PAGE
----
“America’s naval redeployment to Asia will leave gaps in NATO’s Atlantic defenses due to the effects of the European economic crisis“. E’ quello che teme il Ministro della Difesa britannico ed è quello che ha dichiarato in occasione dello Shangri-La Dialogue di Singapore.
In altri termini, se il maggior coinvolgimento statunitense in Asia comportasse una riduzione negli investimenti americani nella NATO ciò, a causa delle attuali ristrettezze economiche, non sarebbe compensato dagli alleati europei.
Come molti di voi sapranno a fine marzo si è svolto, organizzato dal think tank Security & Defense Agenda, il Security Jam 2012 del quale questo modestissimo blog è stato un orgoglioso “media partner“.
Oggi l’S&DA ha presentato ufficialmente il report contenente le 10 raccomandazioni elaborate nel corso del brainstorm virtuale.
“NATO leaders to consider Smart Defence in Chicago“, l’ultimo Strategic Comment dell’IISS.
Un breve articolo pubblicato dall’Economist sui futuri problemi dell’Alleanza.
In vista del summit NATO di Chicago l’Atlantic Council, influente think tank di Washington, ha pubblicato un report dal titolo: “Transatlantic Nations and Global Security: Pivoting and Partnerships“.
Il messaggio contenuto nel documento? Se la NATO vuole rimanere rilevante nei mutati scenari globali deve rendersi realmente operativa nel c.d. “Greater Middle East” e nel cyber-spazio, sostenendo la strategia statunitense e assicurando “congruenza strategica” col partner d’oltreoceano.
A critical element of the transatlantic bargain is for there to be fundamental congruence between United States and NATO strategy. The dynamic nature of the Greater Middle East and the new United States defense strategy have raised key questions about whether this remains the case. To achieve congruence at the strategic level, a first action would be to tie NATO and US strategies together at the NATO summit with an appropriate political declaration. The Alliance should create a Strategic Consultative Group to formulate a longer term strategy utilizing all elements of national power for the Greater Middle East, and particularly two arenas where the alliance or its member nations are most heavily engaged—the theater involving Afghanistan, Pakistan, and the Central Asian countries; and the Iranian problem and the issues of deterrence, and proliferation in the Gulf.
The end of a decade of war and prosperity is proving transformative for the weapons trade as cash-strapped governments are cutting military budgets while defence contractors are shedding jobs and warning of shrinking revenues.
So it is with fortuitous timing – at least for defence companies – that a new enemy is emerging on the world’s stage.
Cyber attacks by well-resourced, highly capable and relentless, usually state-sponsored attackers – so called advanced persistent threats – are growing. (…)
By now almost all the major defence contractors have a cyber element.
Much of the mergers and acquisitions activity over recent years has involved defence companies buying knowhow or the access to new markets. Jane’s Defence calculates that about 14 per cent of defence acquisitions had cyber as their target last year.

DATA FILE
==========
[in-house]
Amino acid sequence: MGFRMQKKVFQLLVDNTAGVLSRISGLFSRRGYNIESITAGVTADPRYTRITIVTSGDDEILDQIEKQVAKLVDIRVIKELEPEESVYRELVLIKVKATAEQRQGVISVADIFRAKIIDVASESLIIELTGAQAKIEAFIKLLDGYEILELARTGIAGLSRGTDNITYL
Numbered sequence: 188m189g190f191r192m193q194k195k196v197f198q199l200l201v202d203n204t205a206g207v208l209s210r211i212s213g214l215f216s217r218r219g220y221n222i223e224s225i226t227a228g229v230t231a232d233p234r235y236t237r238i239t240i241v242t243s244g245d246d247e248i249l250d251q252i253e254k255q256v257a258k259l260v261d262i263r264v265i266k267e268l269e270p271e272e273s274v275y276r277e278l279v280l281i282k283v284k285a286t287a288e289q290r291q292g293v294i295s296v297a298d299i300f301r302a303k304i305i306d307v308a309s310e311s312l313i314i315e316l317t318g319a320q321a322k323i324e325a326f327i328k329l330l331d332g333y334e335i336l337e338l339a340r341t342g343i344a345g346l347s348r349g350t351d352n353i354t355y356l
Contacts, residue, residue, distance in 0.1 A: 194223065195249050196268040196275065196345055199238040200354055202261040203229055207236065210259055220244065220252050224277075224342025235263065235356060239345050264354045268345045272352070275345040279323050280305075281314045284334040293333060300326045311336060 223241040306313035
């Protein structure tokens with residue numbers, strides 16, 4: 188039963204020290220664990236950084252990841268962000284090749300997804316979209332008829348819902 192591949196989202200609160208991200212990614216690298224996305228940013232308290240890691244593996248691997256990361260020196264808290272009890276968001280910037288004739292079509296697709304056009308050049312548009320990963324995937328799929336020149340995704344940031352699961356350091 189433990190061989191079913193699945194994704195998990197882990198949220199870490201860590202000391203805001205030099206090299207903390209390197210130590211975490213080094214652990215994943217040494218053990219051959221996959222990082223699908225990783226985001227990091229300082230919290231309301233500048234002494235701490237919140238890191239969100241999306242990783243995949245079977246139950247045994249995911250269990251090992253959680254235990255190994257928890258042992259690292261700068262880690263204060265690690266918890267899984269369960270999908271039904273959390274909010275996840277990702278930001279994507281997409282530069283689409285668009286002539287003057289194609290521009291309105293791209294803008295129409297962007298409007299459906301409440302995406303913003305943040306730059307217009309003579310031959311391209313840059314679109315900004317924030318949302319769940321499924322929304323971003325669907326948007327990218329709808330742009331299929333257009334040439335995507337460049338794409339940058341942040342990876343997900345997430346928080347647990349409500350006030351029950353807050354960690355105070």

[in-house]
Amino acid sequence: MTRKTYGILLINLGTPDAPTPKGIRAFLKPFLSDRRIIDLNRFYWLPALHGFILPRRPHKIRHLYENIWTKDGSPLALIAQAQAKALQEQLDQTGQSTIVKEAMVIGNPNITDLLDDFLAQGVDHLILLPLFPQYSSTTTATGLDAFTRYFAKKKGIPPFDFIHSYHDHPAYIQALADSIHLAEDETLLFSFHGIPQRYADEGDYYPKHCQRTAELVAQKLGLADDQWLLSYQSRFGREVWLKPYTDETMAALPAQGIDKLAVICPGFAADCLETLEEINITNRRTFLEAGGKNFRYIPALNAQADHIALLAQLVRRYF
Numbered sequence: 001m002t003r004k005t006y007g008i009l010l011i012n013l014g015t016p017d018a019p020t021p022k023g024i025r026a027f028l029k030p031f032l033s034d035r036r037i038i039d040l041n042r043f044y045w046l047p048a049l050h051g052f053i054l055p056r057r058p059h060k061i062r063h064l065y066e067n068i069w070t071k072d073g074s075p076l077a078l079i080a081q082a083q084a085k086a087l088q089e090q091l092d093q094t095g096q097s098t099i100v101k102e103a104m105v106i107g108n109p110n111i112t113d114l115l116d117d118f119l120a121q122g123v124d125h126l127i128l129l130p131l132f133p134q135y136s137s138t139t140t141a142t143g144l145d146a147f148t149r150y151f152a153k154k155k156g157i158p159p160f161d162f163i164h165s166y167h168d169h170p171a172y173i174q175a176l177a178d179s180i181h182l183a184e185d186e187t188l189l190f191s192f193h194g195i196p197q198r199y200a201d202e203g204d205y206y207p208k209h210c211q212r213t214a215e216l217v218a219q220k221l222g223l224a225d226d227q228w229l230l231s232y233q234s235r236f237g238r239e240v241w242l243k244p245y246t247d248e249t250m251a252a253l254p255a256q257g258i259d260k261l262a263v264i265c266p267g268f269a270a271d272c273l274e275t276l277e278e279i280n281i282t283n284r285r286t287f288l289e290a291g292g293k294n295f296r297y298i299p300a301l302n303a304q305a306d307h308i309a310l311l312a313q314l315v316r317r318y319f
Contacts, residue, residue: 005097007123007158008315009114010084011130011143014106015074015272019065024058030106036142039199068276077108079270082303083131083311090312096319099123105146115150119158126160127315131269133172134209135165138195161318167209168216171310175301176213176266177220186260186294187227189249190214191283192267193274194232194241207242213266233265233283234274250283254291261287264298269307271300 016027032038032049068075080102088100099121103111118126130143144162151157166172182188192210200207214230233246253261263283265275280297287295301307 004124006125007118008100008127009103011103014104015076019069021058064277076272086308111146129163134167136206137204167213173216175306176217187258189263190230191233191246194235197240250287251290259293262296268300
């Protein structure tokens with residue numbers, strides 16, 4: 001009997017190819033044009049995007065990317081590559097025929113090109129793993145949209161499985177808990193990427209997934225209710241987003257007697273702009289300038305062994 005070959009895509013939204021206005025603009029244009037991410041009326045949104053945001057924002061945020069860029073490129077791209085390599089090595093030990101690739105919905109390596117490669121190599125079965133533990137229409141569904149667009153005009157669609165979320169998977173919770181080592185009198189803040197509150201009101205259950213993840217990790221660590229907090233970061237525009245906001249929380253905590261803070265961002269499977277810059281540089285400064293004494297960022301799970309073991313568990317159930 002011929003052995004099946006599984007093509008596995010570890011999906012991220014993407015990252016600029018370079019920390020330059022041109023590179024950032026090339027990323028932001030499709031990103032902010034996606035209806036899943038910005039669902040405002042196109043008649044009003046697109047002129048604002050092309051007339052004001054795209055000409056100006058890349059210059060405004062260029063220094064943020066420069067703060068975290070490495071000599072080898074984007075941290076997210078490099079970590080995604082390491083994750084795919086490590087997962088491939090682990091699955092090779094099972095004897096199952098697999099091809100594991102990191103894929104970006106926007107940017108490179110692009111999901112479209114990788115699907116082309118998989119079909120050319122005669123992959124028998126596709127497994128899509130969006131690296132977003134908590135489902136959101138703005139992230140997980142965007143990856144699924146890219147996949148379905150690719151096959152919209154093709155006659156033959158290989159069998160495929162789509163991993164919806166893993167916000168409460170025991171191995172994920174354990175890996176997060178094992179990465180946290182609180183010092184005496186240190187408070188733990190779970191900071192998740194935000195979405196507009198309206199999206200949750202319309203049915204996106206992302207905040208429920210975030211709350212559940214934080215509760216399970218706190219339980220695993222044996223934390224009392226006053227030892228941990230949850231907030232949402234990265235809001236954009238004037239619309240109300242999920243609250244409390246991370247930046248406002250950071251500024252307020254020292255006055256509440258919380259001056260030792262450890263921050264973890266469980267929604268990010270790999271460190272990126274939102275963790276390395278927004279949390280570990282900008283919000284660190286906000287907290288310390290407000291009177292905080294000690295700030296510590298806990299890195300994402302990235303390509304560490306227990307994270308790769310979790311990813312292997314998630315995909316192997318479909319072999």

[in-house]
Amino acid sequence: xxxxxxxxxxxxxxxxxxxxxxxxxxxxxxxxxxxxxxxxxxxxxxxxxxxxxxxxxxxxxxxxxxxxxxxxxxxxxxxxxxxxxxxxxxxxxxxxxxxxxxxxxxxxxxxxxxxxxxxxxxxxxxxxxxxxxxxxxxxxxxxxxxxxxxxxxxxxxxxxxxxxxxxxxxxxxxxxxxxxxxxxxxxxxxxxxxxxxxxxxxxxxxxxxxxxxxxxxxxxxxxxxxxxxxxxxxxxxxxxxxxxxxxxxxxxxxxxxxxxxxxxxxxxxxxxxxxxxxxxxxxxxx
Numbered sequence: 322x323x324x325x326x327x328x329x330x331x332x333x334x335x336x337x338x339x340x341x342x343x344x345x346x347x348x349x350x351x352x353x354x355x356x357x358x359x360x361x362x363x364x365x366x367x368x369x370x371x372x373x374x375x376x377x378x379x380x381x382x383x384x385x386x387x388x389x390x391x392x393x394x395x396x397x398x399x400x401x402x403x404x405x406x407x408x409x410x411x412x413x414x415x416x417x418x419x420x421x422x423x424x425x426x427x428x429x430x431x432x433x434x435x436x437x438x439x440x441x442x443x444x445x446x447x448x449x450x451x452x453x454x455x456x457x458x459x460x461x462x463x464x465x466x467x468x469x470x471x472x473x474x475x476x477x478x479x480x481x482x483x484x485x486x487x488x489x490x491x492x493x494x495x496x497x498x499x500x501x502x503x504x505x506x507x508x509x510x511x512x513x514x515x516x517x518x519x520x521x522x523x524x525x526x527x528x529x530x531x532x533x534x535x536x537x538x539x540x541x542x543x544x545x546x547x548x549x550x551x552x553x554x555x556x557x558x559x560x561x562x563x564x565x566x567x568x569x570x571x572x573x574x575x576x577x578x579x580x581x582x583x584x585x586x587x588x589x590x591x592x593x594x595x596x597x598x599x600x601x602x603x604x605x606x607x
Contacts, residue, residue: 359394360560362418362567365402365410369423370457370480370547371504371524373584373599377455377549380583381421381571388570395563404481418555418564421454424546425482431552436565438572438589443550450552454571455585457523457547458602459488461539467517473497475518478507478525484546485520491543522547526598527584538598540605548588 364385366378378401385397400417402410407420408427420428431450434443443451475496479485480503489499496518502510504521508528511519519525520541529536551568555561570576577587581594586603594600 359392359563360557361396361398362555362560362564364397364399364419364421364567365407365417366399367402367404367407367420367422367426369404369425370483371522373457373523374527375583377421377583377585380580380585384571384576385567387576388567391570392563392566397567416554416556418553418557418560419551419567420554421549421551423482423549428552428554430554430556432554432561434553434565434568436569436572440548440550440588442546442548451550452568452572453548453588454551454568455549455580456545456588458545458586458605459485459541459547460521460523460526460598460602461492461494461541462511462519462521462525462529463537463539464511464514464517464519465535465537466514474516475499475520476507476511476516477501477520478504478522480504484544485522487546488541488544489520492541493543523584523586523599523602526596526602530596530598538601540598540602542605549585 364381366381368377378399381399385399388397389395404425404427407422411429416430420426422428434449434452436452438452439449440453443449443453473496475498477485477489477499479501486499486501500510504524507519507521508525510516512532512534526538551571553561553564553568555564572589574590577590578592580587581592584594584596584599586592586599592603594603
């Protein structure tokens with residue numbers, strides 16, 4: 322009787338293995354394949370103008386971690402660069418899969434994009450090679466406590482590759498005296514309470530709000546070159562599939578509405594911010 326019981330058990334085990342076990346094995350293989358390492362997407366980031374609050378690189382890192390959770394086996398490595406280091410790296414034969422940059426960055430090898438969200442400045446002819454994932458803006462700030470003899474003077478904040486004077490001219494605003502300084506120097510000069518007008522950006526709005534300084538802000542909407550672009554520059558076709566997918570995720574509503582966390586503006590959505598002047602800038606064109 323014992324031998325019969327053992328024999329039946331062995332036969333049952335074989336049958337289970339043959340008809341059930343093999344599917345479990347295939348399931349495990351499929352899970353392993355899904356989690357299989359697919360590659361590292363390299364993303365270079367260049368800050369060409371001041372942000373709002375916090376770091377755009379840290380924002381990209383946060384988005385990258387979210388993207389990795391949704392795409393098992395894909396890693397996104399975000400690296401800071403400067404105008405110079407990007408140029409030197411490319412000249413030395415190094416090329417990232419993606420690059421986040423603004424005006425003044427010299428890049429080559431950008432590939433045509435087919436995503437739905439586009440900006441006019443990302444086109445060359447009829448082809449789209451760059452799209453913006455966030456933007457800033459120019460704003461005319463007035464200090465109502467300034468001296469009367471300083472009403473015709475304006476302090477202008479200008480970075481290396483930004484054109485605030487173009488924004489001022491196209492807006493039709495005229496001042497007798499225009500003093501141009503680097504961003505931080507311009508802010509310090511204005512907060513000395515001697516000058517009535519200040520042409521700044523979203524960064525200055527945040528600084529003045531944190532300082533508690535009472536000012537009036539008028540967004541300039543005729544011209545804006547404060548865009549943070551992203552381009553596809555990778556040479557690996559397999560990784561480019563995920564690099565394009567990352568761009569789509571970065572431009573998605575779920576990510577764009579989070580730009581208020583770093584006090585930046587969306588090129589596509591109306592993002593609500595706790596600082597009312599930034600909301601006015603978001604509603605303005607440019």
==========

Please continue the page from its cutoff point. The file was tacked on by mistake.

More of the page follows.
In Europe, BAE Systems, Ultra Electronics and Qinetiq have the highest cyber exposure but for most of the group the per cent of revenue they get from cyber remains solidly in the low single-digits.
As their understanding of the market matures, defence companies are beginning to specialise their offering and spread out from their traditional defence customers to other government departments and industry.
Nevertheless, cyber is not the cure for all the defence companies’ traditional ills.
Even Lawrence Prior, executive vice-president at BAE, cautions against breathless excitement.
“There is so much hyperbole around the market. It’s a good market. There’s real growth. But it’s high single-digit, low double-digit growth depending on how you segment the market. It’s not triple-digits growth. This isn’t venture-backed, light-your-hair-on-fire growth.”
Meanwhile, cyber margins are usually well below those companies make for building and servicing defence equipment and parts.
To improve on them, companies such as BAE’s Detica are moving increasingly into offering products, rather than acting largely as consultants.
In doing so, they will have to adapt to a faster moving, more dynamic business than they are used to, says William Beer, PwC’s director of the information and cybersecurity practice.
But, he added: “If they [defence contractors] make the jump into the private sector, they stand a good chance of shaking things up and really, really enhancing everything we do.”
“It’s really been quite interesting how resilient and fierce they’ve been,” General Jodice said in a telephone interview on Sunday from his command center just north of Bologna, Italy. “We’re all surprised by the tenacity of the pro-Qaddafi forces. At this point, they might not see a way out.” (fonte: New York Times)
L'analisi di Anthony Cordesman (CSIS).
… "On target", by Economist.